It’s taken me awhile to get to this book although I’ve had it on my Kindle for some time now. Loving it so far. It’s funny and charming, and unpredictable. Reminds me of Diana Wynne Jones too, which is never a bad thing. I adore Peter Grant so far, but I disapprove of his attraction to Lesley. HarHar.
What did you recently finish reading?
Invitation to the Waltz and The Weather on the Streets by Rosamond Lehmann
Lehmann is one of my lovely dead white women authors. Invitation was a re-read, first time reading Weather.
Invitation sparkles. Olivia Curtis is adorable. I like her awkwardness and her honesty. And I love her and Rollo at the ball. Weather is more Olivia and more Rollo, but ten years have passed and their relationship is less than ideal. It’s a depressing book, on the whole. Enjoyed it, but it definitely made me droop.
What do you think you’ll read next?
I have no idea. I thought of re-reading Microserfs by Douglas Coupland but I can’t find it. I may read JPod by him, but I also have eleven new books I bought on Sunday. Maybe something from that pile. There is also the other pile by my bed. Maybe the short stories edited by Linh Dinh.
These are the books I read this year: I don’t know if I’ll manage to finish anything else by the end of Dec, will add on if I do.
As I write this post I am re-reading Over Sea, Under Stone, the first book in The Dark is Rising Sequence by Susan Cooper; I’ve also started Under the Pendulum Sun by Jeannette Ng; and Faith in Writing: Forty Years of Essays by Goenawan Mohamad.
I feel it’s been a good reading year, because I started out telling myself I should not re-read and then realised how silly I was being. I shall continue reading whatever I like in 2018.
Not that it matters, but here’s a breakdown of what I read. If the numbers don’t compute, just blame by poor counting skills:
Two weeks to the end of the year. I am looking forward to 2018 as I always do look forward to new years, new weeks, new days. They are always a chance to start again, and goodness knows I need a fresh start.
I’ve been trying to squeeze in a new read or two before the end of 2017, but nothing apart from Mt Anderson’s Landscape With Invisible Hand is sticking. Even so, it’s going very slowly, like I like it, but my attention keeps drifting.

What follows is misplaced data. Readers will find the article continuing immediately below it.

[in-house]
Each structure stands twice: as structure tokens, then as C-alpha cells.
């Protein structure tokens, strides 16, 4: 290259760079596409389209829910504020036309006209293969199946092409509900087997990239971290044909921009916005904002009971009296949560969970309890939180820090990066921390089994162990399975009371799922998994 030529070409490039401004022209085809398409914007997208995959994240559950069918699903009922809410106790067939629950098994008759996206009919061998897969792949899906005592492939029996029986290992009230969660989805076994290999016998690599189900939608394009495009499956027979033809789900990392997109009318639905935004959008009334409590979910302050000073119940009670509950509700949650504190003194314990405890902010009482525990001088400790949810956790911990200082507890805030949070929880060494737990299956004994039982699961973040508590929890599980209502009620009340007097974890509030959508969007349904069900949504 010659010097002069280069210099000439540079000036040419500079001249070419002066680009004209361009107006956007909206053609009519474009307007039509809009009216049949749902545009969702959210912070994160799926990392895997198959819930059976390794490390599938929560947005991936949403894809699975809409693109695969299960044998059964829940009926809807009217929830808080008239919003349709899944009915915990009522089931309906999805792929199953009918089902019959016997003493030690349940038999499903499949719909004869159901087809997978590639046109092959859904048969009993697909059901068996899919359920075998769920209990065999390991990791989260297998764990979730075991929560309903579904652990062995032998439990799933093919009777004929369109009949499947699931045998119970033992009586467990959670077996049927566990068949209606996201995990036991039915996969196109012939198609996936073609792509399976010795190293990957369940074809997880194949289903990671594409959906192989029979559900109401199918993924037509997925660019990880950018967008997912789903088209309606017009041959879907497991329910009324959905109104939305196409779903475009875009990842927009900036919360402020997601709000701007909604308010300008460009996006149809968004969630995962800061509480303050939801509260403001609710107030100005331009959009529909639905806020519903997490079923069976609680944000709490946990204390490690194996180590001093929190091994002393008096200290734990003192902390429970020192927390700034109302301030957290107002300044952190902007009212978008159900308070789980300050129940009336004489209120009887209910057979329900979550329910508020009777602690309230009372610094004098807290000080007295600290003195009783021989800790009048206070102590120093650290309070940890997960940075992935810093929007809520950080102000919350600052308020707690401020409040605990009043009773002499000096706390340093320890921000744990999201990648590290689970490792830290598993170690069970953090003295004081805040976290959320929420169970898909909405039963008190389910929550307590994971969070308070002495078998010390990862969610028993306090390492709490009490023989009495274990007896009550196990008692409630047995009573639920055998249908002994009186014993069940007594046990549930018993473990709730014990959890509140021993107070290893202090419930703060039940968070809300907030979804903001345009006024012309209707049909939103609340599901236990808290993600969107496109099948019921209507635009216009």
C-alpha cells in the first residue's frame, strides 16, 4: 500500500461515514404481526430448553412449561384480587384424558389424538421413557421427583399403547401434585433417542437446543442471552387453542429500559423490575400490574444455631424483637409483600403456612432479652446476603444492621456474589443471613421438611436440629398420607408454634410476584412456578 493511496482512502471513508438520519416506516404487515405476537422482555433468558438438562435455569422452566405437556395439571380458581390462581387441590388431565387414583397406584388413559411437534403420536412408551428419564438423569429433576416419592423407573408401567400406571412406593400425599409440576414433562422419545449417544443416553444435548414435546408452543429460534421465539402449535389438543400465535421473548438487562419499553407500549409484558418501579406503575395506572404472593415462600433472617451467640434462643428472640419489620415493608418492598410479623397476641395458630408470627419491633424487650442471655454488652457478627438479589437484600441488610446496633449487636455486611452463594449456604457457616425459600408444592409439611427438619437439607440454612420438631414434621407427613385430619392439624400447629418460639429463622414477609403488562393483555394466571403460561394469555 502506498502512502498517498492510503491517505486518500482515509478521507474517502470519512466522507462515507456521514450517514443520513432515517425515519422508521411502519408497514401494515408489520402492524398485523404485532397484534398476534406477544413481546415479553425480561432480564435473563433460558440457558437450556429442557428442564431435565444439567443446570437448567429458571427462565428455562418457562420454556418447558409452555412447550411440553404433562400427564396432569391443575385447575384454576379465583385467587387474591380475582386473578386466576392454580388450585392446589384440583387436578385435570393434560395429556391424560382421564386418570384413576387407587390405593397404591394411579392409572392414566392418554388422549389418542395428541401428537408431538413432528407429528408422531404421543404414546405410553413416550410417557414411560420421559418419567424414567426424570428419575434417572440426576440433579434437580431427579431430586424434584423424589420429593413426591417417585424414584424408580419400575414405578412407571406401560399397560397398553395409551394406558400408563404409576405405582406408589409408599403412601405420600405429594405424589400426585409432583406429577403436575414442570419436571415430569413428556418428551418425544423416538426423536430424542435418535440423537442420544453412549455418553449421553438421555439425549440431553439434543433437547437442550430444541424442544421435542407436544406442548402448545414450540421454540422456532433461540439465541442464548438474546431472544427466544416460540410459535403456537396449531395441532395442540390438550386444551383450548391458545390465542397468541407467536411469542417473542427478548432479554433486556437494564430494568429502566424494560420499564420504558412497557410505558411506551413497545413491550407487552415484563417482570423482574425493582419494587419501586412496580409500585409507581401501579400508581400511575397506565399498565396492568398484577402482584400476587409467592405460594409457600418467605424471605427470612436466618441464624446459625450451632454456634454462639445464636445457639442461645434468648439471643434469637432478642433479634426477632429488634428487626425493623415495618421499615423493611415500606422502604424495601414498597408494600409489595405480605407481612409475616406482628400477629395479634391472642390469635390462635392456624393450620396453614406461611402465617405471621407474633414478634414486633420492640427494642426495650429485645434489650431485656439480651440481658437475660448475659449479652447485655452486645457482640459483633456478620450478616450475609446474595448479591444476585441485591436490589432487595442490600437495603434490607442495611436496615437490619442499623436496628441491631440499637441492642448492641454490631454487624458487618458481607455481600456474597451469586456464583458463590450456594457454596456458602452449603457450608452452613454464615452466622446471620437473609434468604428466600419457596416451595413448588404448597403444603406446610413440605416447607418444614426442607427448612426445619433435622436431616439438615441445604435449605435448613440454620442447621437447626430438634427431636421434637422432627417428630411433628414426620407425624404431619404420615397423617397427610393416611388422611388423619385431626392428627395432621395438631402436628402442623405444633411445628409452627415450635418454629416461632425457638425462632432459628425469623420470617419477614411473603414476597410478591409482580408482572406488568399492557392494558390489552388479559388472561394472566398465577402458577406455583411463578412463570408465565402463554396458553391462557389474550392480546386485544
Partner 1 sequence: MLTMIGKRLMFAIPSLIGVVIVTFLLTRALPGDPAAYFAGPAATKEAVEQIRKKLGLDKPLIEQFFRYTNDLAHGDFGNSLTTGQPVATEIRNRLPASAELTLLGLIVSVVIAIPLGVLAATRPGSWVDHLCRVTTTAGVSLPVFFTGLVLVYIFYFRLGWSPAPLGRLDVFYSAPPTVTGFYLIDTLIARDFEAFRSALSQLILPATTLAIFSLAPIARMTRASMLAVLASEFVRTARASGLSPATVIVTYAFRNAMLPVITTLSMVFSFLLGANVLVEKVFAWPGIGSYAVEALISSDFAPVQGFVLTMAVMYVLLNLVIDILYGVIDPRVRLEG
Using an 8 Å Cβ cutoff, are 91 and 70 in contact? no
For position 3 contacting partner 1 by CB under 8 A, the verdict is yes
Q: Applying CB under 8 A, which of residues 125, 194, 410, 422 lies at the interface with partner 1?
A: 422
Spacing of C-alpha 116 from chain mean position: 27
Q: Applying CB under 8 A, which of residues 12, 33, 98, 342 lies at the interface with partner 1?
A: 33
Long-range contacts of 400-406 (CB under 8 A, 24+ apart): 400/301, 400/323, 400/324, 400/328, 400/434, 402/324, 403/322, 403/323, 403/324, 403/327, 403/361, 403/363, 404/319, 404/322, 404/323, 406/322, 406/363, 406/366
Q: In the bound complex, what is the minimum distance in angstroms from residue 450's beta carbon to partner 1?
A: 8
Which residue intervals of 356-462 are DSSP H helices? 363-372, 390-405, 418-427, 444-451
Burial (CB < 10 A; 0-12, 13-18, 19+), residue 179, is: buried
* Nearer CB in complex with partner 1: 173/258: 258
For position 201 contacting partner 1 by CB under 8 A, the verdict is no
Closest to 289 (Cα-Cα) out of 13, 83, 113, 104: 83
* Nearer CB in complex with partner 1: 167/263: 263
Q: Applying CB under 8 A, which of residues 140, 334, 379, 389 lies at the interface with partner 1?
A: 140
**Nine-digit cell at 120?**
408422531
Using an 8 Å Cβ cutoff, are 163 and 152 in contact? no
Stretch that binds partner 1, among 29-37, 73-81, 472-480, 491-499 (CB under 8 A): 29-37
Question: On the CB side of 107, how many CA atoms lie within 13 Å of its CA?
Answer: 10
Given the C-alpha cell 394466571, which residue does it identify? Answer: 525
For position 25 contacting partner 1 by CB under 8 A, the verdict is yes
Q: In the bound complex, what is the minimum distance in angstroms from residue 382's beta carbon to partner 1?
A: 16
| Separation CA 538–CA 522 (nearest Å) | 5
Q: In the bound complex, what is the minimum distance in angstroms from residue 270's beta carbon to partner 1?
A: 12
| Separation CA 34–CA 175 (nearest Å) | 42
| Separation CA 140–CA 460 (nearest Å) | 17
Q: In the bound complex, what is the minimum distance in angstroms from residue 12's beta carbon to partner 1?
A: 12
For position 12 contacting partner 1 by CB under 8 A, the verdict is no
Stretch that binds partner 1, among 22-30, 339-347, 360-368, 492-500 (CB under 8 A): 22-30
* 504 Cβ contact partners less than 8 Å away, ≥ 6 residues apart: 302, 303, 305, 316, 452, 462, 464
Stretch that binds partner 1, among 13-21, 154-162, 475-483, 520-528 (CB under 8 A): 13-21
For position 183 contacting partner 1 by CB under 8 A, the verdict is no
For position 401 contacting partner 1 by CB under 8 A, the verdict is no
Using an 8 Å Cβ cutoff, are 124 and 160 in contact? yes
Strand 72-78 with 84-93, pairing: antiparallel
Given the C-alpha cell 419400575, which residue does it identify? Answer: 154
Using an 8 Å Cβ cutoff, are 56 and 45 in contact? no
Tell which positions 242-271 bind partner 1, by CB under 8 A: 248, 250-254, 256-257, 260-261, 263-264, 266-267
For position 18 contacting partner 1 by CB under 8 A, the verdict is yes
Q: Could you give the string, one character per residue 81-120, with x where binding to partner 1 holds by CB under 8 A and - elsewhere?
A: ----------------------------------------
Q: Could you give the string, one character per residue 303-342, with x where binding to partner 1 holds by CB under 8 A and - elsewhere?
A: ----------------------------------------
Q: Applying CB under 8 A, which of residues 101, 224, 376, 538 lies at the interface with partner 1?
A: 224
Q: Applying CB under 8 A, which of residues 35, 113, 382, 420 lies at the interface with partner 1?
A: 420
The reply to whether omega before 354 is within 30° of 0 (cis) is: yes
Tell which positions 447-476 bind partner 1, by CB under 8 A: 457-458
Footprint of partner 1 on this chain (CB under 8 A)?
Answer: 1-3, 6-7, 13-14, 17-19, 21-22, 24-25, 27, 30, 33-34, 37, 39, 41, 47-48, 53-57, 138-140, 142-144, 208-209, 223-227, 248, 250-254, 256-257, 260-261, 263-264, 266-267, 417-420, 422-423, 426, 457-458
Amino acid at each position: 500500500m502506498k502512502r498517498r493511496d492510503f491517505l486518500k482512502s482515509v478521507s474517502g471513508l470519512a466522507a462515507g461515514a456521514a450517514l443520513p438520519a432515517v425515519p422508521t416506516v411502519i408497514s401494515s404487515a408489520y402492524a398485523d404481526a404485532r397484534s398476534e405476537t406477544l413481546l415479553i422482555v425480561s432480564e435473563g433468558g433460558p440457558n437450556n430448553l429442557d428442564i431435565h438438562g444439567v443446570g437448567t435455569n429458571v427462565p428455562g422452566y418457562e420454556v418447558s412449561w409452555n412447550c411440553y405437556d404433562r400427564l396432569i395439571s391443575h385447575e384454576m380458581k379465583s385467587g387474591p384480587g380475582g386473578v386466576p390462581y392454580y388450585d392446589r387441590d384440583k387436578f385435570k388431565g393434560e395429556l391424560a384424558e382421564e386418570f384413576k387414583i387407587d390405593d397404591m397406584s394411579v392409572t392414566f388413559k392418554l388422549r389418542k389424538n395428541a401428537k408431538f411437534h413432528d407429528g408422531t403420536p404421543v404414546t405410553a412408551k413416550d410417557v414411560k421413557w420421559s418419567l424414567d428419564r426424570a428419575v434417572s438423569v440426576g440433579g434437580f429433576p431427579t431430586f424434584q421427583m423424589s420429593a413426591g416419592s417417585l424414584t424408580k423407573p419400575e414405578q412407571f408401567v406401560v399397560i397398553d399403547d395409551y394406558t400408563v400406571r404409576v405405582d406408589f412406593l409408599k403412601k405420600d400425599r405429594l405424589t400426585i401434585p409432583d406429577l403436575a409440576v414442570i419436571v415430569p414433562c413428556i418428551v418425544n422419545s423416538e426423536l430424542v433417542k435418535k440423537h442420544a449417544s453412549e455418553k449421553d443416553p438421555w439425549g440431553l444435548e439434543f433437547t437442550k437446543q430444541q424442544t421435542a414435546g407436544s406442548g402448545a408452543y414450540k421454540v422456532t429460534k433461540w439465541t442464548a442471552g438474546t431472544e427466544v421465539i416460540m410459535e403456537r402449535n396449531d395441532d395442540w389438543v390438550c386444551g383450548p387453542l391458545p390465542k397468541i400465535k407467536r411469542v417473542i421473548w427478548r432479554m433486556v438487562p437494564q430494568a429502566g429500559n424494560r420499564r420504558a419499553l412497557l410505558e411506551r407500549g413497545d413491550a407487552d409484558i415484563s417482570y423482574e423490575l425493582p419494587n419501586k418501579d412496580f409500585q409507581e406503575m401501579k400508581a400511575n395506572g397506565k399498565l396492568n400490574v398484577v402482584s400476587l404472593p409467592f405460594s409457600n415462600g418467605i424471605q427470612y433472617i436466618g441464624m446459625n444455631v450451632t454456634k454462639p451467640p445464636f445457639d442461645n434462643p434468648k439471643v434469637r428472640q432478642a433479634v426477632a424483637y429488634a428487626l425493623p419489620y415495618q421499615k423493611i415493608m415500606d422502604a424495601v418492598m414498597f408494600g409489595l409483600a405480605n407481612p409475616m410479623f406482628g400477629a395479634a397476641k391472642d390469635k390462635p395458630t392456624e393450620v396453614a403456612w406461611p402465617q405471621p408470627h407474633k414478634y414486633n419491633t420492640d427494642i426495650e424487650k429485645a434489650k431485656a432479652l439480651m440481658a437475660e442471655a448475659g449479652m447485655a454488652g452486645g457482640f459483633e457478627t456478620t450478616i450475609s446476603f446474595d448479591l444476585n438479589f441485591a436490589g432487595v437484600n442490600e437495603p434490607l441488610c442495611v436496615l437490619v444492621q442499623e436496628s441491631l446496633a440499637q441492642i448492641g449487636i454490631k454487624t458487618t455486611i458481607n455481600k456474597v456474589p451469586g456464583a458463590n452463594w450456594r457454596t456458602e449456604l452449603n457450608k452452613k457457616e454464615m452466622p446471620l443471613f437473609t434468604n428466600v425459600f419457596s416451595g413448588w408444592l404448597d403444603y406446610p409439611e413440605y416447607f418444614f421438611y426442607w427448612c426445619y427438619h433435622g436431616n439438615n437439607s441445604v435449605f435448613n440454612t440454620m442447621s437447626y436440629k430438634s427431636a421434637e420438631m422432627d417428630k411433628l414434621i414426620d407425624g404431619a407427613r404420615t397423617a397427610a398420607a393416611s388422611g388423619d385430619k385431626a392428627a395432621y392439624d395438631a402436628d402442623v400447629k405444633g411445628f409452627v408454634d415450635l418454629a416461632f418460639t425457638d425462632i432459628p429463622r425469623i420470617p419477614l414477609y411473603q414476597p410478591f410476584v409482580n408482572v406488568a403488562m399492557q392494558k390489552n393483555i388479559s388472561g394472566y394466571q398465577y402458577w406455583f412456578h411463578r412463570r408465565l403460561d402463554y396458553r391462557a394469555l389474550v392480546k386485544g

This morning I started re-reading Susan Cooper’s The Dark is Rising Sequence. I think I need something familiar and comforting to see me through Christmas, but I’m not sure if I’ll re-read all five books. I’ve also just started Under the Pendulum Sun by Jeannette Ng. Just a page or so in, but I’m hopeful that I will want to carry on.
I’ve been spending a lot of time getting my 2018 planners ready. I have two: an ana.tomy monthly planner with lots of extra pages (blank, grid and dotted) that I intend to use solely for work; and a Muji dotted notebook that I hope to use as a daily (bullet) journal to help me be organised in my non-professional life. I have spent 2017 drifting and procrastinating, even more than usual, and this needs to change. I really need to be more productive, more disciplined, and more switched on. Also, I need to save for Japan. Now, that’s something to look forward to!
Most predictably, I’ve missed the 200th anniversary of Jane Austen’s death. I had meant to write an article for the newspaper about why she is read and loved by Malaysians and what relevance the books have to our lives, but I was not as organised or awake as I hoped to be.
I mean to re-read Austen’s six novels this year. I finished Emma a month ago and am currently re-reading Mansfield Park. Sense and Sensibility next. I may write a review of all six books in one post, but no promises. My energy levels and ability to focus are not predictable these days. But this means that I’m reading more slowly and that’s a good thing. It may even be that, at a slower pace, I understand and appreciate Fanny Price more than I did when I was a teenager (which was when I first made her acquaintance and the last time I read the book). It may also be that I am less impatient now.
As for Emma, I liked her both more and less. And I was totally put off by Frank Churchill – oh how my tolerance for silly young men has diminished over the years. Haha.
I didn’t realise til I read this blog post by Calmgrove that 2017 is the bicentenary of Jane Austen’s death. Should I re-read her novels? I haven’t read any (apart from my favourite, Persuasion) in years, but I know, from experience, that planning to re-read more than one novel doesn’t work with me. I shall, perhaps choose one title and see how it goes.
I love Persuasion because it’s about second chances and remaining steadfast in love. My favourite quotes:
Dare not say that man forgets sooner than woman, that his love has an earlier death. I have loved none but you. Unjust I may have been, weak and resentful I have been, but never inconstant.
All the privilege I claim for my own sex (it is not a very enviable one: you need not covet it), is that of loving longest, when existence or when hope is gone!
Is it stupidly romantic of me to believe in true love? Is it naive to hope that my partner will remain constant?
I may re-read Persuasion again after all.
Persuasion watercolour illustrations by C. E. Brock